Musical Beginnings

Visors and scarves – what could be better?

Visors and scarves – what could be better?

Mark Berube and his new CD

Article: Robyn Tocker – A&C Editor

[dropcaps round=”no”]“I [/dropcaps]don’t have a memory of when I wasn’t playing music. My mom sang to us and she got us playing piano. I’ve always done it,” says Mark Berube, a singer-songwriter based in Montreal.

The man started his life in a small country near South Africa where his influence of the music inspired him.

“A lot of music my dad bought was from there. I listened to that and was inspired by a lot of the jazz musicians.” Berube was inspired by the ideas behind the music, not the genre of South African music itself.

While growing up playing the piano, Berube also picked up a talent for the guitar. He mentions how backpacking after high school was easier with a guitar strapped to his pack then a keyboard.

“It was easier to bring a guitar than a piano on a plane.”

Berube always planned to have a career in music, but he got his degree in English Literature first before taking his first step into the music world.

When asked what he would be if he couldn’t choose music, Berube had a simple answer.

“I would be a park ranger in a national park. It’s the first thing I wanted to do when I was a kid.”

It’s a good thing he chose music, or else Canada would be missing out on Berube’s fifth CD, titled Russian Dolls. There isn’t one thing that inspired the songs on Berube’s CD. The Montreal music scene going on was just one of the things that helped put Dolls together. He and his band members took folk music and went elsewhere with it with different sounds.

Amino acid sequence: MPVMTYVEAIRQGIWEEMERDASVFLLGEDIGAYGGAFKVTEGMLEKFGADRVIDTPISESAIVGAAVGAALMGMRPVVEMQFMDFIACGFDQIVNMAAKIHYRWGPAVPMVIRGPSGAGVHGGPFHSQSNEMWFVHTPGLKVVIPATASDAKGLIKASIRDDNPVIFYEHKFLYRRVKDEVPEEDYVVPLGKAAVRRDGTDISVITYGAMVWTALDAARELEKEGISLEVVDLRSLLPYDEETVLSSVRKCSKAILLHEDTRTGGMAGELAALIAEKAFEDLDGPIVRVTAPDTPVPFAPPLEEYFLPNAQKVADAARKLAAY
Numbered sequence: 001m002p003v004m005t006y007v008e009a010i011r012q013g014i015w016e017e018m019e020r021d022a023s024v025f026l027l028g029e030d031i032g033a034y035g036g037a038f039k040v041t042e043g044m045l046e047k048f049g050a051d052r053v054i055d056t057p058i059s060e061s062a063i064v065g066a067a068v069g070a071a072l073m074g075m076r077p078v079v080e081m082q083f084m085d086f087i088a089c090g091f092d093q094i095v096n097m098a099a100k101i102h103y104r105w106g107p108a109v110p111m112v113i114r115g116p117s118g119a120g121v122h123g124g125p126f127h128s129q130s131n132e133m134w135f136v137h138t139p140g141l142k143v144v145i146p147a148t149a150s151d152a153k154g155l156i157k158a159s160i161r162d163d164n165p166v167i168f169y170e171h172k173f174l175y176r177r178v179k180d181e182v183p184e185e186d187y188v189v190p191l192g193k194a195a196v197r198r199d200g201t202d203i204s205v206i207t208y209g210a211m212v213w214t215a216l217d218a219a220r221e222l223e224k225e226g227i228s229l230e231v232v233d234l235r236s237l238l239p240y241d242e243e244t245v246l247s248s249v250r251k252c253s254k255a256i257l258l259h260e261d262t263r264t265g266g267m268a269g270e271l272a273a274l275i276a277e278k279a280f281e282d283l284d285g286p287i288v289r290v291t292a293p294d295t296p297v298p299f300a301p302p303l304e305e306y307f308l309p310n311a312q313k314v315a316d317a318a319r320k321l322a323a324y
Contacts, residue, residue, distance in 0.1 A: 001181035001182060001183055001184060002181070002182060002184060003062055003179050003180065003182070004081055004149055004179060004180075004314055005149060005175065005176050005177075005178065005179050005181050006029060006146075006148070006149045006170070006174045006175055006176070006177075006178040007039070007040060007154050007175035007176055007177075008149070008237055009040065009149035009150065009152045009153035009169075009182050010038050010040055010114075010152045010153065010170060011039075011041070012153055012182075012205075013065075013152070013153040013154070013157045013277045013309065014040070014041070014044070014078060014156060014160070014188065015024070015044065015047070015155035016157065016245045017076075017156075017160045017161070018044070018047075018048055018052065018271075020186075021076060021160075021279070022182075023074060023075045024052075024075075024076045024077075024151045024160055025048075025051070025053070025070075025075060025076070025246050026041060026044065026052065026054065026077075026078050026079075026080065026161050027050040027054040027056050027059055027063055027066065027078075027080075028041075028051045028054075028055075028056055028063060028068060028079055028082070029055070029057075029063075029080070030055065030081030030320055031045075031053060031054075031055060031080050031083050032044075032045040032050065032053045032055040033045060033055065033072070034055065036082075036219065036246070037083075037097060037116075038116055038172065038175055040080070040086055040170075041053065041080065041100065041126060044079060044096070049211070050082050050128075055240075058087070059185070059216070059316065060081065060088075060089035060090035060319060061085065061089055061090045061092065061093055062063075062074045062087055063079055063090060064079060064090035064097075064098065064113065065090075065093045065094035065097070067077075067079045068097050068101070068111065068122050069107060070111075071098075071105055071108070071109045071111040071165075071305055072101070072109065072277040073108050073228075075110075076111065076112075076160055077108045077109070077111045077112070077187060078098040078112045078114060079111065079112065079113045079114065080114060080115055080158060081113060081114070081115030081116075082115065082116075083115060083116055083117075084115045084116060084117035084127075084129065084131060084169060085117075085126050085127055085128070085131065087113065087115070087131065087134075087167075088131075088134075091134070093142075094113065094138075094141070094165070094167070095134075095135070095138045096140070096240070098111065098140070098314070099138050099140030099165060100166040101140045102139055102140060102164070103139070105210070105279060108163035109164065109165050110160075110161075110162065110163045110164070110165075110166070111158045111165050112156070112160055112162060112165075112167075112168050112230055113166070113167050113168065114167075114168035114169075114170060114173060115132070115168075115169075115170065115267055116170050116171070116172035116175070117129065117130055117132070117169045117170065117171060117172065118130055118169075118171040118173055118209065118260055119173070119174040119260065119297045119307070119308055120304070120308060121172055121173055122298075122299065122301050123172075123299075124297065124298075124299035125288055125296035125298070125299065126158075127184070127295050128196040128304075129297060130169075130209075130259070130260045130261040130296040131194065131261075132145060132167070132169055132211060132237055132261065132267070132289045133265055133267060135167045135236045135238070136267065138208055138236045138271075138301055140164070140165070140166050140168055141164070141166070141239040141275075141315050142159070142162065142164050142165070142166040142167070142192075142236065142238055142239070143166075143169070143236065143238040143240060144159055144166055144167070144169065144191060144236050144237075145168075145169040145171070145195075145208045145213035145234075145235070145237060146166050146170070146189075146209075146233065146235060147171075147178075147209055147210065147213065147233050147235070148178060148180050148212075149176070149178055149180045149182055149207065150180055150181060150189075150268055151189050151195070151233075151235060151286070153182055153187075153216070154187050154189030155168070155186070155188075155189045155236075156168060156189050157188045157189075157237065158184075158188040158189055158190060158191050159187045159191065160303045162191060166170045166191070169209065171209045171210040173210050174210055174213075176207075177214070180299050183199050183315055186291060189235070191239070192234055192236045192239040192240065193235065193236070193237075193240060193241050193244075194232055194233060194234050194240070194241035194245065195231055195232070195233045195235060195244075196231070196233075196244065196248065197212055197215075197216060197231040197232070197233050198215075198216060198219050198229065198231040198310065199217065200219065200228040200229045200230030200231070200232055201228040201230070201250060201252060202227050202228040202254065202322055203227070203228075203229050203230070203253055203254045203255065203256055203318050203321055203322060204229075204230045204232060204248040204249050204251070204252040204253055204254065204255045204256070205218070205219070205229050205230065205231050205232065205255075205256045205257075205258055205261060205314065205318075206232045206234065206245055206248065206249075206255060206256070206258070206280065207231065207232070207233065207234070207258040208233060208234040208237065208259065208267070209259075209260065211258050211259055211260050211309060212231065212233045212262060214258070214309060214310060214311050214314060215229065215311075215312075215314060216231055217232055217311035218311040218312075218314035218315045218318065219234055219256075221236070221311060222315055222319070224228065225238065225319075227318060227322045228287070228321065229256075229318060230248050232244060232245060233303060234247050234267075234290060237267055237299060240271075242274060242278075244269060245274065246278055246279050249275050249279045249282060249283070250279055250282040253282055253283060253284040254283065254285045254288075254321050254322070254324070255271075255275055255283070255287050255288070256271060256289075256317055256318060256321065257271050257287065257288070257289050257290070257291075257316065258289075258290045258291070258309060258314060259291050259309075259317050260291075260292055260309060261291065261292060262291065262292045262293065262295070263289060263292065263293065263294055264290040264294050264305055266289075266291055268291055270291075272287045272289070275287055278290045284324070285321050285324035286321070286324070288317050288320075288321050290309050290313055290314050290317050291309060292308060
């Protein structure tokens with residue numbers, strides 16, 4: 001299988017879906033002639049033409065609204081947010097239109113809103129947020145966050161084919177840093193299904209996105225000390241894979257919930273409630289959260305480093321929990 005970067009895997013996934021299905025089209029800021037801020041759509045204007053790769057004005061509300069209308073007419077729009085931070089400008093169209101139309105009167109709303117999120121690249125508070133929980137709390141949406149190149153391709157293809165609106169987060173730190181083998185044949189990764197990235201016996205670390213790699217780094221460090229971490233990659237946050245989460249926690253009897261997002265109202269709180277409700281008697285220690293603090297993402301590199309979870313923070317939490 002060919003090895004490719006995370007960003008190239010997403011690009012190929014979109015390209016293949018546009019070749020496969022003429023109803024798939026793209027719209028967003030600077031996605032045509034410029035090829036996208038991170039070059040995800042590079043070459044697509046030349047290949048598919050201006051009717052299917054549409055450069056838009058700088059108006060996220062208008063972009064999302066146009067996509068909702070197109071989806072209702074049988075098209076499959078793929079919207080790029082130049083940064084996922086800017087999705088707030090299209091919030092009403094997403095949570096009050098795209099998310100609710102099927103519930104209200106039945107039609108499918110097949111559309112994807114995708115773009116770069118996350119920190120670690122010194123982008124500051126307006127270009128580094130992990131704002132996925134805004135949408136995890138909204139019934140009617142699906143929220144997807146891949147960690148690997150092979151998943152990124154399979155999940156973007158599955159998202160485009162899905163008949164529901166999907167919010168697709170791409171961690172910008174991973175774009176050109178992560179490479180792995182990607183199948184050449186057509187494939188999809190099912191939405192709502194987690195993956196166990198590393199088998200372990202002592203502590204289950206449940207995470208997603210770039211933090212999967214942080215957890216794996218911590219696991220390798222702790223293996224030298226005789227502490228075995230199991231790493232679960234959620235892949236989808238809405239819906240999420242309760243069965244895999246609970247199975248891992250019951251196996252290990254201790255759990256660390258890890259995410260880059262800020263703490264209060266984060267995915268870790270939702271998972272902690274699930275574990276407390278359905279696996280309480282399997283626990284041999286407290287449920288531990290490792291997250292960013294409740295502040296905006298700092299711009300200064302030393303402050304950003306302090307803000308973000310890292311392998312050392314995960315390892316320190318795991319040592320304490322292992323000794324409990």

“We’re playing with a whole bunch of different things outside of the acoustic box.”

Out of the 11 tracks, Berube says “Carnival” and “Ethiopia” were two of his favourites to record. While they took time to be completed, he had a lot of fun with putting them together.

“Carnival” has an electric sound, buzzing with energy. As you get further into the song, the piano becomes stronger and the song transforms as the listener tunes in. Berube and his band really know how to manipulate sound to make an interesting piece to listen to.

“Ethiopia” draws the listener in with the choppy lyrics Berube starts off with. The acoustical parts that pop up are a nice touch, highlighting his vocal talent.

Besides a new CD, Berube has also been chipping away at a tour. Performing weekends around Quebec, Berube went to Ontario in December to play. He will also be performing in Regina. The Western Canada tour also includes locations like Winnipeg and British Columbia.

With such excitement, it’s hard to imagine anything could top touring across Canada. Oh wait, there is! Berube also has a music video out for “Carnival.” He says it was as simple as sitting down with the director, telling the director what the band wanted, and letting the crew go off and film the whole thing without them.

“We liked the creative results. It was a bit of a risk, but we’re happy with it.”

Mark Berube plays in Regina on Feb. 22 at the Artful Dodger.

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